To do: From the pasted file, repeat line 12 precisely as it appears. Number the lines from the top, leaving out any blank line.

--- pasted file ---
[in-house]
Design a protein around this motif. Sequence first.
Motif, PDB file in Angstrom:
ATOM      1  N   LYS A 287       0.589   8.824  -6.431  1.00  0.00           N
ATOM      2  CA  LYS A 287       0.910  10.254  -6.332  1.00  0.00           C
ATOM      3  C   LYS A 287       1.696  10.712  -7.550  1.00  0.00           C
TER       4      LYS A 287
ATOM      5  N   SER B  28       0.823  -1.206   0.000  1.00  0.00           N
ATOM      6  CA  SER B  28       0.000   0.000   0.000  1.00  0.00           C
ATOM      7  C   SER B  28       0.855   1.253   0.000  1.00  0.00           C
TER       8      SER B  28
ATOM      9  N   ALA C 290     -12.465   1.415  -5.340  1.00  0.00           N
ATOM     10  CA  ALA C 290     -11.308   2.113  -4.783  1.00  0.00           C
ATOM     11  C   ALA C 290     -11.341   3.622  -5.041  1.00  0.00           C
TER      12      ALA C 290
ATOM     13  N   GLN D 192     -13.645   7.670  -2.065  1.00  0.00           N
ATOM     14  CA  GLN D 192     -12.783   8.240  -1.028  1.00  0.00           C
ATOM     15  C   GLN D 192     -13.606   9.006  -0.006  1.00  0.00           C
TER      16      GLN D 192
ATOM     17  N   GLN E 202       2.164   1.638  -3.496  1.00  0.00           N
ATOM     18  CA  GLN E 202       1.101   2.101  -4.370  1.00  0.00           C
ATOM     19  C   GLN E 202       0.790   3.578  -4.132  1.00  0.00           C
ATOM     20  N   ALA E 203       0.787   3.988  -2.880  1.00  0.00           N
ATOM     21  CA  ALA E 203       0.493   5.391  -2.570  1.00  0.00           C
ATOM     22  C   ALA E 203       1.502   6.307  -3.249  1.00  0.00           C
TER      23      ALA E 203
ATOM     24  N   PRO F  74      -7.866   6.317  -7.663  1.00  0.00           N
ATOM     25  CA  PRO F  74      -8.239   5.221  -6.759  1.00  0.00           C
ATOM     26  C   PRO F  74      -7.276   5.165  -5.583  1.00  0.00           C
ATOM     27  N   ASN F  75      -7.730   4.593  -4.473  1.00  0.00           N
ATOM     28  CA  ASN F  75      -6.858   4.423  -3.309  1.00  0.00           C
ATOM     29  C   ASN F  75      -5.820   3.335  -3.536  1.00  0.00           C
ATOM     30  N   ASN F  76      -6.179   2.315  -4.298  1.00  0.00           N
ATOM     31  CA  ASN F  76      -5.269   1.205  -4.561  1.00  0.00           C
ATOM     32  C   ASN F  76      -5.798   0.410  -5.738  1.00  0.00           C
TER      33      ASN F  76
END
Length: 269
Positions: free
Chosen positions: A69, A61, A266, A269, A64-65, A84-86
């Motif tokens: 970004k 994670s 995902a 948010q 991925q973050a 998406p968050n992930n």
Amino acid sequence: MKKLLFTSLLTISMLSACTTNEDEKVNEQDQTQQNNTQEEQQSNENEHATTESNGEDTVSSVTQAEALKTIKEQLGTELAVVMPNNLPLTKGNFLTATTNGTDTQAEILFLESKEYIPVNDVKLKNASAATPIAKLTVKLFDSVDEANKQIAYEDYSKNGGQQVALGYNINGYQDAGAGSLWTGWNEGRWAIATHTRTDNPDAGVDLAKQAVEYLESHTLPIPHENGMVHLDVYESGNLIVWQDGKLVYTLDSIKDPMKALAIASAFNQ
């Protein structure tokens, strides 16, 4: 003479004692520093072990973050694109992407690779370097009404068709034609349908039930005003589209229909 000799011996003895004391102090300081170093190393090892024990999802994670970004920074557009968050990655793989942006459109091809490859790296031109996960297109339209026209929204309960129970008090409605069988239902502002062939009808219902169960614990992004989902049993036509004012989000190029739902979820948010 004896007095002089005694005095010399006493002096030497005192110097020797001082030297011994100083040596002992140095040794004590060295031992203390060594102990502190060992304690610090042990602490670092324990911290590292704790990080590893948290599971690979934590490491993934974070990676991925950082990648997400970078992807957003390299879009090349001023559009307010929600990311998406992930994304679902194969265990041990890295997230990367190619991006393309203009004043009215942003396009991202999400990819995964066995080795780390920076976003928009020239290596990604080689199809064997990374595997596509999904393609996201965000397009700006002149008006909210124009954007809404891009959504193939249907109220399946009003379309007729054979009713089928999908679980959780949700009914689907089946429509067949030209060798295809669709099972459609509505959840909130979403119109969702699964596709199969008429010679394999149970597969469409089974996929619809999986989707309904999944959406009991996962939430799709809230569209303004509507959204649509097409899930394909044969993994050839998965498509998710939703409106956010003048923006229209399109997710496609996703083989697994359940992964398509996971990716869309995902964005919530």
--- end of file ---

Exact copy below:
ATOM      9  N   ALA C 290     -12.465   1.415  -5.340  1.00  0.00           N